There have been few issues which have been more visible and transparent than the FAA’s administration of the UAS rulemaking and grant of §333 exemptions. The press publishes articles about what some expert “thinks” that the FAA will do. The agency issues full press releases about an exemption granted to a small real estate agent in Arizona.
Not so with the significant announcement of a Cooperative Research and Development Agreement among the FAA, CNN and the Georgia Tech Research Institute—search of the FAA and DoT websites produces no CRDA, exemption, press release or any other document. CNN and the media have touted this important precedent, but other than a quote by Administrator Huerta in the CNN release, there is nothing official!
UAS coverage of news events is one of the most obvious and difficult application of this emerging technology. Live images of an accident, fires, hostage standoff, athletic contests and a whole host of newsworthy events will be most compelling if delivered by an UAS. At the same time, these occurrences are composed of the individuals participating and the spectators. If there should be a loss of control, it is quite possible that a large number of unprotected people might be subject to injury by a UAS. The FAA must be interested in how CNN and GTRI would learn how to mitigate that risk in these experiments.
There are a number of other issues unique to UAS video journalism (i.e. covering a police event in which the criminals would gain valuable information from current views) and they may be addressed by others. There are a number of technical SAFETY questions, which release of the CRDA would answer, such as:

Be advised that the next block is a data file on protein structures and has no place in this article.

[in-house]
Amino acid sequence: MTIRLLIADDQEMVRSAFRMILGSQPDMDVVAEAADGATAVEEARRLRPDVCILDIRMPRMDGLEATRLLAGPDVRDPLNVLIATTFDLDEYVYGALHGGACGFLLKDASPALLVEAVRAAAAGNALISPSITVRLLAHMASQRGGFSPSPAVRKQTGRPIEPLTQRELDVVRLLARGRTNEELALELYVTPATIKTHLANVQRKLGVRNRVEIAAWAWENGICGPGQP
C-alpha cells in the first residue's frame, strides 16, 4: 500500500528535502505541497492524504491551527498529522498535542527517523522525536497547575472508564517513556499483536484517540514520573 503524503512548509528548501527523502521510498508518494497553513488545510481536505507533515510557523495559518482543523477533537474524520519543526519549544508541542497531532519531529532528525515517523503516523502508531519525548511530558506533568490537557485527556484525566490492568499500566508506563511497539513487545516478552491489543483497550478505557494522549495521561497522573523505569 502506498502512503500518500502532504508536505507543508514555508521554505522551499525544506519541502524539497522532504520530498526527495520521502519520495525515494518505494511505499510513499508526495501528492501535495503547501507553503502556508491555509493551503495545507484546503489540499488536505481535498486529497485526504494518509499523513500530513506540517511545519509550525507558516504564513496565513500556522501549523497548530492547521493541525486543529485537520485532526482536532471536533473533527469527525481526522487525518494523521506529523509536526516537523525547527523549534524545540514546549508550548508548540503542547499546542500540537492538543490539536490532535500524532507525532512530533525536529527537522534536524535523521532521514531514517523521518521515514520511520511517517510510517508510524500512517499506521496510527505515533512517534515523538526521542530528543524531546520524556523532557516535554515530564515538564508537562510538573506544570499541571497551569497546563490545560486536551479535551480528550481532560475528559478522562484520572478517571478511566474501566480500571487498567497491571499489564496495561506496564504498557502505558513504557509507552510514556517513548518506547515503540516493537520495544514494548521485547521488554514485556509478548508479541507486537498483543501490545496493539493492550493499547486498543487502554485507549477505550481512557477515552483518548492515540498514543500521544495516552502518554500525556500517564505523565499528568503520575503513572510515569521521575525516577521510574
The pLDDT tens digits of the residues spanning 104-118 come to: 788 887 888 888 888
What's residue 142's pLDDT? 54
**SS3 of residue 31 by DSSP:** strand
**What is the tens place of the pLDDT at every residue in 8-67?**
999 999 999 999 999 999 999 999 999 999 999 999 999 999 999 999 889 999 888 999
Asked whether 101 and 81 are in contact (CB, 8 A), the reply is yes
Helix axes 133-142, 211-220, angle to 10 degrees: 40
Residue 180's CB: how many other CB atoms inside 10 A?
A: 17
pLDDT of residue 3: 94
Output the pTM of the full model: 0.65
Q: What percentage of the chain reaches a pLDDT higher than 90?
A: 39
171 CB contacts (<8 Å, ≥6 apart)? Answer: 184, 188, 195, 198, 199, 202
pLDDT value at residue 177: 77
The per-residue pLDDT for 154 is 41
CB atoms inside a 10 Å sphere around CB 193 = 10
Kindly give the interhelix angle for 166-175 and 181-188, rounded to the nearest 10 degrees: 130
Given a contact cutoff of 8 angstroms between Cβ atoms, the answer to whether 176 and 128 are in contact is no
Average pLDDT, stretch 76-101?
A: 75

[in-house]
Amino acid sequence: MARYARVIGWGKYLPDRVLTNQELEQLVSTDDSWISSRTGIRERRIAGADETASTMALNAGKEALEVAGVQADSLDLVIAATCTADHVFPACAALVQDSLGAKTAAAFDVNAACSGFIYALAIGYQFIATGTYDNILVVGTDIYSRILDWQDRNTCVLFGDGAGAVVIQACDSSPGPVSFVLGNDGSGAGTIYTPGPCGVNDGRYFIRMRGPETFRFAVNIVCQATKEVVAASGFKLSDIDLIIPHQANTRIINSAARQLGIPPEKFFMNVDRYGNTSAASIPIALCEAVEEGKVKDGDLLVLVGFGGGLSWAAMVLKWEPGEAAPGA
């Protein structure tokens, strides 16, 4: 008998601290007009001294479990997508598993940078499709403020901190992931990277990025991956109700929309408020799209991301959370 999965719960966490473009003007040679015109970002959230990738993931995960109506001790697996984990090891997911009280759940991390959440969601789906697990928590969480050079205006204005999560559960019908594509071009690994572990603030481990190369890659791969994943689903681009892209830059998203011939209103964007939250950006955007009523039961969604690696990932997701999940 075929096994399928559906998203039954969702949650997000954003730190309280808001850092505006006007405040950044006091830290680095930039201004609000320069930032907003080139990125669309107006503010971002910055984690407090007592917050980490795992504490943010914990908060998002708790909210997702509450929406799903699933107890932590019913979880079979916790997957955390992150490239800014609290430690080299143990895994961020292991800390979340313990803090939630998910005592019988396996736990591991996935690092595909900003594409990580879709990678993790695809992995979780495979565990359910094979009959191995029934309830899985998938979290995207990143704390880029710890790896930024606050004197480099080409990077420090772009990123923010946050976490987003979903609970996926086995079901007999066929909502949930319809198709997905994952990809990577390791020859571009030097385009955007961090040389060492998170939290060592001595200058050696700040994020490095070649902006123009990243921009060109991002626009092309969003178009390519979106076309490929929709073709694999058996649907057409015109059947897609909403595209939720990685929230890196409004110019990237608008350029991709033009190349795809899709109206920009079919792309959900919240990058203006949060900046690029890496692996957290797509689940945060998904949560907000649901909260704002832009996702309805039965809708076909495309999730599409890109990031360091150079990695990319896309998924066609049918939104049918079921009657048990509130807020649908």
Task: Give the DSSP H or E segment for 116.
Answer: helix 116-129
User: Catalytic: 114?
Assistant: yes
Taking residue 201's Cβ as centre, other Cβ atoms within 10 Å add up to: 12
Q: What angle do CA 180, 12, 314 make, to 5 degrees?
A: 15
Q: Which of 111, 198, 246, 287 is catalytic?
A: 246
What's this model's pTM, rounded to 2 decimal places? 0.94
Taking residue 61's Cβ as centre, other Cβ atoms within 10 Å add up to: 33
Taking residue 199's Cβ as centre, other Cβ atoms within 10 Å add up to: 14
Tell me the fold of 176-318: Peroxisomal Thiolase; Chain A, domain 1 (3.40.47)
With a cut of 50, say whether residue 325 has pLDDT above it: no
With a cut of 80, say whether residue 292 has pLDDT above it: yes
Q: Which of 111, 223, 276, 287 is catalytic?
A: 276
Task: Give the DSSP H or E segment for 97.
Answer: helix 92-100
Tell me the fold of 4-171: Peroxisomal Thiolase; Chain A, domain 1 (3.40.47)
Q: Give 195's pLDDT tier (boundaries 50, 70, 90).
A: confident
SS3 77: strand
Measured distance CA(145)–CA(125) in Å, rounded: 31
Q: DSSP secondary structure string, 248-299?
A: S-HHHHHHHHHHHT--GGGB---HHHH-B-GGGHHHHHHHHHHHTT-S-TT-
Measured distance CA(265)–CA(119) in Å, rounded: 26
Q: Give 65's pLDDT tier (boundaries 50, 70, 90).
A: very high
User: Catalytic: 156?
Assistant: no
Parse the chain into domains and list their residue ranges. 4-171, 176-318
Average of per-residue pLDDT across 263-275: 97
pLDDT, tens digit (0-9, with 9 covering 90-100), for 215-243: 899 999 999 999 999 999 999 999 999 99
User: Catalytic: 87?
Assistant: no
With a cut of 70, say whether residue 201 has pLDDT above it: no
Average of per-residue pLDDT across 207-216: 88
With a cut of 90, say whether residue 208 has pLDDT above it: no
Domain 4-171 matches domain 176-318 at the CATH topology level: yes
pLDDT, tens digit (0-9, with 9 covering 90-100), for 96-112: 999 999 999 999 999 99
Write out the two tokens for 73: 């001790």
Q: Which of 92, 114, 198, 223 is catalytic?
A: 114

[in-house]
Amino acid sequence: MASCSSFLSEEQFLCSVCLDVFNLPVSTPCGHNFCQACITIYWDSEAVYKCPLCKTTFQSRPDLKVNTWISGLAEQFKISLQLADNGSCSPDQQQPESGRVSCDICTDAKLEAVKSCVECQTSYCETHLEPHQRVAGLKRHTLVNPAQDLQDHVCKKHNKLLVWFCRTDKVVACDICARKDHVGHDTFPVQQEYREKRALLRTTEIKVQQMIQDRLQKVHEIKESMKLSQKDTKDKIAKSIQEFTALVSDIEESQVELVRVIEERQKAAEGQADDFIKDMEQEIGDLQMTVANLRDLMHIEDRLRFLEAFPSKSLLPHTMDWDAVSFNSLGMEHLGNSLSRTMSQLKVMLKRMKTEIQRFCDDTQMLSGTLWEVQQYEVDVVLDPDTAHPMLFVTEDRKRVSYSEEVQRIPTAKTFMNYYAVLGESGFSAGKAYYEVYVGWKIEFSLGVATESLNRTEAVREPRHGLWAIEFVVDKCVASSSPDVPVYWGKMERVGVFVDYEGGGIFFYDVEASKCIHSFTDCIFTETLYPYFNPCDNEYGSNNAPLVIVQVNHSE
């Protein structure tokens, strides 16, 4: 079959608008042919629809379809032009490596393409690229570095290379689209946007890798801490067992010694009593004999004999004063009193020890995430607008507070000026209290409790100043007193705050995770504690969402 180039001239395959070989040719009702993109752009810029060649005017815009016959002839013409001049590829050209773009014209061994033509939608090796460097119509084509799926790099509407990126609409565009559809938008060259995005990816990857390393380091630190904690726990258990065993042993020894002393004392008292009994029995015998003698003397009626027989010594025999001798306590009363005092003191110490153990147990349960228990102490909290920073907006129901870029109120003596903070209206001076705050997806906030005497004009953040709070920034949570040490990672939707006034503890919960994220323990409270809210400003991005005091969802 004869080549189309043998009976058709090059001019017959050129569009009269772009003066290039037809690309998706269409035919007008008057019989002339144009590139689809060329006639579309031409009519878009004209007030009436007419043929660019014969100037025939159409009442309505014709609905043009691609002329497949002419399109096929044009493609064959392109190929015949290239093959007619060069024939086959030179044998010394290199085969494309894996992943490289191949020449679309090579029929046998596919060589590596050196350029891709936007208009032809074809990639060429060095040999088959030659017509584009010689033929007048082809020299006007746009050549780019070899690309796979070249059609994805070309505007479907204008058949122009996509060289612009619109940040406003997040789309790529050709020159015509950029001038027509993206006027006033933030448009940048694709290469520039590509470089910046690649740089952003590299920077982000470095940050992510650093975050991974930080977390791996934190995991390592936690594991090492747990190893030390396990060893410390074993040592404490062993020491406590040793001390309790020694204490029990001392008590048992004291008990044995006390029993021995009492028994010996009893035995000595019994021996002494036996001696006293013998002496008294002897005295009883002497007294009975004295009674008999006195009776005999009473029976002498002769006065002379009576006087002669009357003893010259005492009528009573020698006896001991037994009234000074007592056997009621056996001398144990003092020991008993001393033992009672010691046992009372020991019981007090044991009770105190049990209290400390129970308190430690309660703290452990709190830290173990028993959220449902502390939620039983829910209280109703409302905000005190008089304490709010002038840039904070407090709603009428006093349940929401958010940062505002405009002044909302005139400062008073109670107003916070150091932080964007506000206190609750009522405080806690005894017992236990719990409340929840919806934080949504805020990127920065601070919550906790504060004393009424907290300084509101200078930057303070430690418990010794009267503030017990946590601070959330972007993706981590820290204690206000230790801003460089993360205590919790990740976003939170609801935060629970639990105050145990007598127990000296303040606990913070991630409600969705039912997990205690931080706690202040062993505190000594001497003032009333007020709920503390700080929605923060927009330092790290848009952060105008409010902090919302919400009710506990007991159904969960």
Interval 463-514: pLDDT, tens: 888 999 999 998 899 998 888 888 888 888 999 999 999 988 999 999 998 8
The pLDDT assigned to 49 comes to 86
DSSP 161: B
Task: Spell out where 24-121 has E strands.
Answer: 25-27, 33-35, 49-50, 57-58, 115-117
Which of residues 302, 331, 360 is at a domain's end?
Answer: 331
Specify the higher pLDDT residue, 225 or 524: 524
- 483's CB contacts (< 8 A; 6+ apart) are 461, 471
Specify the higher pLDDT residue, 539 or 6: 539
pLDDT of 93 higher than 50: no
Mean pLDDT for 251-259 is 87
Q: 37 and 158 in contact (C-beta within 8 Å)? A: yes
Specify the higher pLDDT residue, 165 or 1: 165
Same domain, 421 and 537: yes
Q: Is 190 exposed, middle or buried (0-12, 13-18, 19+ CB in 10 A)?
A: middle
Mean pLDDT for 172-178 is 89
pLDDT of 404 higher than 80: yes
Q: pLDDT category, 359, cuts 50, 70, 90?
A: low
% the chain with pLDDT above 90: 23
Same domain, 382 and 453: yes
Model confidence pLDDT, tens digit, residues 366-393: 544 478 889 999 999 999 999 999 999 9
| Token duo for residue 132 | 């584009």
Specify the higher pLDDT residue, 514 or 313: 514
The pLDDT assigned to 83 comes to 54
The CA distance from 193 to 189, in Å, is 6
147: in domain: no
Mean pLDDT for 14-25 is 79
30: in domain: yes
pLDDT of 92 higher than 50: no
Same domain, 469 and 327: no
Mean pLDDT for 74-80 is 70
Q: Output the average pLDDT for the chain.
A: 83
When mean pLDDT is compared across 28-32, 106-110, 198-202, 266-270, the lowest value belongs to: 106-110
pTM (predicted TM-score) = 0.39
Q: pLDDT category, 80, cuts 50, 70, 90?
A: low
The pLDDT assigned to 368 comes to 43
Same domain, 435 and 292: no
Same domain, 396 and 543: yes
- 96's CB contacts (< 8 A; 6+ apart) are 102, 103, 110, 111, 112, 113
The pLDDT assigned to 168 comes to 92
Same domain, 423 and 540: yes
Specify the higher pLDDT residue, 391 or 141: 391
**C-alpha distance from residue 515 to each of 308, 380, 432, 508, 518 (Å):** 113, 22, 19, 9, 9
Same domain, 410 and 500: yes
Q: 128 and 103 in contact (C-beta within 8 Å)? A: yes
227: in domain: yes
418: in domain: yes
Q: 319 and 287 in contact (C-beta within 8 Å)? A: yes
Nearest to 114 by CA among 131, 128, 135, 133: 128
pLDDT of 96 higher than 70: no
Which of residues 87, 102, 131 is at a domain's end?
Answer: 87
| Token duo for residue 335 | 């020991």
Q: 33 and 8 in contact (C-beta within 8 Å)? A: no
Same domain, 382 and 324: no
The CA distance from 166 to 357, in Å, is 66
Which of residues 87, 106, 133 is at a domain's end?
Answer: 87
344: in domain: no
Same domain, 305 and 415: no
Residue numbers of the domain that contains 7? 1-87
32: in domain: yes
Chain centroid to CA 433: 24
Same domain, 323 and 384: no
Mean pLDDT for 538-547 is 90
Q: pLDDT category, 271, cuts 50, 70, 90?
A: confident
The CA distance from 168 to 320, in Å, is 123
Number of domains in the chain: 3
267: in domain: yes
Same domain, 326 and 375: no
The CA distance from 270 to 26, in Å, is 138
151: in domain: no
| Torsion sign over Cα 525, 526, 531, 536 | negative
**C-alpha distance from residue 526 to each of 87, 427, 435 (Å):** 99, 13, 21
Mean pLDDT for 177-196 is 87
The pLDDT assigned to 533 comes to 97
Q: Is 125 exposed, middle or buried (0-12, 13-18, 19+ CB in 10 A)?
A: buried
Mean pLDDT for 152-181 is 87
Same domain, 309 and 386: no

· How soon after safety procedures are developed will they be released to the public and other news organizations? A CRDA is premised on “technology transfer” and quick dissemination of the gains developed by research is fair, but how soon, what level of confidence is required?
· Will CNN’s research activities be permitted to be broadcast live? If yes, will this “precedent” be immediately applied to other networks which meet all of the “conditions” established in this CRDA?
· Are there defined limitations for this experiment:
o Must the CNN team get a §333 exemption and/or COA?
o Are there height limitations?
o Proximity to airports?
o Must the pilots for these commercial operations hold a commercial license?
o What protections are required to assure safety for those on the ground? Is the research designed to test those parameters? How actively will the FAA be involved in these tests?
o The airworthiness of the UAS—will the CNN test be required to get a type, production and/or airworthiness certificates?
o Manuals and procedures—subject to prior approval by FAA? Submitted to headquarters and/or the field?
o Will the CNN team be required to manage these tests through SMS? If not how will safety risks be assessed, documented and reported?
o Other privileges and limitations?
The FAA was well advised to use a real world test to examine the use of UASs in the gathering of news. It would also be useful to make the CRDA agreement public and to announce all of the parameters/ procedures/policies attached to this experiment. It is odd that this newsworthy event has involved, so far, a minimal disclosure the CRDA terms.
PS –after writing this essay, the next step in the UAS journalism was announced. “A coalition of 10 news media companies is pleased to announce that it has partnered with Virginia Polytechnic Institute and State University (Virginia Tech) for the testing of small unmanned aircraft systems (UAS) to gather news.” News is a 24/7/365 business; there’s surely more to come!
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